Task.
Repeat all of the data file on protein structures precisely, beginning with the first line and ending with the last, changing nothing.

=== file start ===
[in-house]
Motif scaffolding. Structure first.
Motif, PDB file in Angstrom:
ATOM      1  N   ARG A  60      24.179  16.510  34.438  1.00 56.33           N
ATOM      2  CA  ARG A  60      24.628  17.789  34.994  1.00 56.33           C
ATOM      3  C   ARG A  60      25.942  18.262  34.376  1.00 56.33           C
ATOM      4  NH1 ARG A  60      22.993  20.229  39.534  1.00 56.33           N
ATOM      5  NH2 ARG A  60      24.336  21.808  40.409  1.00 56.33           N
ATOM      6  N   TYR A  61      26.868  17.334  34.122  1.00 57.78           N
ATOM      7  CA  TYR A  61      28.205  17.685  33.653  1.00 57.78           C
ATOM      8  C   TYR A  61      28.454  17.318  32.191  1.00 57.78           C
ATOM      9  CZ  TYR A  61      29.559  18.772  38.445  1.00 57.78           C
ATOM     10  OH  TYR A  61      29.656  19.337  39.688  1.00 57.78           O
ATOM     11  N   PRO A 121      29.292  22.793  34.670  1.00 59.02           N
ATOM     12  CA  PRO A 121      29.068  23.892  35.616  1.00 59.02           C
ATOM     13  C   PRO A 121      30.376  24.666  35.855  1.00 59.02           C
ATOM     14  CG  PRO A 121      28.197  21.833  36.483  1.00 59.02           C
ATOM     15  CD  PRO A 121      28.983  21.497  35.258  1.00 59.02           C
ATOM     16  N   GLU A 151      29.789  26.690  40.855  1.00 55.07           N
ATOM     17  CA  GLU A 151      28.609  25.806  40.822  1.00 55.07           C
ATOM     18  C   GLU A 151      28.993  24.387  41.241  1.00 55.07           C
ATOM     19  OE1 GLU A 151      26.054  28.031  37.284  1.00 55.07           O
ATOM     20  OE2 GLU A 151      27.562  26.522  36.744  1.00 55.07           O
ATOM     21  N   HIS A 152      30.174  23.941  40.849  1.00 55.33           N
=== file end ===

[in-house]
Motif scaffolding. Structure first.
Motif, PDB file in Angstrom:
ATOM      1  N   ARG A  60      24.179  16.510  34.438  1.00 56.33           N
ATOM      2  CA  ARG A  60      24.628  17.789  34.994  1.00 56.33           C
ATOM      3  C   ARG A  60      25.942  18.262  34.376  1.00 56.33           C
ATOM      4  NH1 ARG A  60      22.993  20.229  39.534  1.00 56.33           N
ATOM      5  NH2 ARG A  60      24.336  21.808  40.409  1.00 56.33           N
ATOM      6  N   TYR A  61      26.868  17.334  34.122  1.00 57.78           N
ATOM      7  CA  TYR A  61      28.205  17.685  33.653  1.00 57.78           C
ATOM      8  C   TYR A  61      28.454  17.318  32.191  1.00 57.78           C
ATOM      9  CZ  TYR A  61      29.559  18.772  38.445  1.00 57.78           C
ATOM     10  OH  TYR A  61      29.656  19.337  39.688  1.00 57.78           O
ATOM     11  N   PRO A 121      29.292  22.793  34.670  1.00 59.02           N
ATOM     12  CA  PRO A 121      29.068  23.892  35.616  1.00 59.02           C
ATOM     13  C   PRO A 121      30.376  24.666  35.855  1.00 59.02           C
ATOM     14  CG  PRO A 121      28.197  21.833  36.483  1.00 59.02           C
ATOM     15  CD  PRO A 121      28.983  21.497  35.258  1.00 59.02           C
ATOM     16  N   GLU A 151      29.789  26.690  40.855  1.00 55.07           N
ATOM     17  CA  GLU A 151      28.609  25.806  40.822  1.00 55.07           C
ATOM     18  C   GLU A 151      28.993  24.387  41.241  1.00 55.07           C
ATOM     19  OE1 GLU A 151      26.054  28.031  37.284  1.00 55.07           O
ATOM     20  OE2 GLU A 151      27.562  26.522  36.744  1.00 55.07           O
ATOM     21  N   HIS A 152      30.174  23.941  40.849  1.00 55.33           N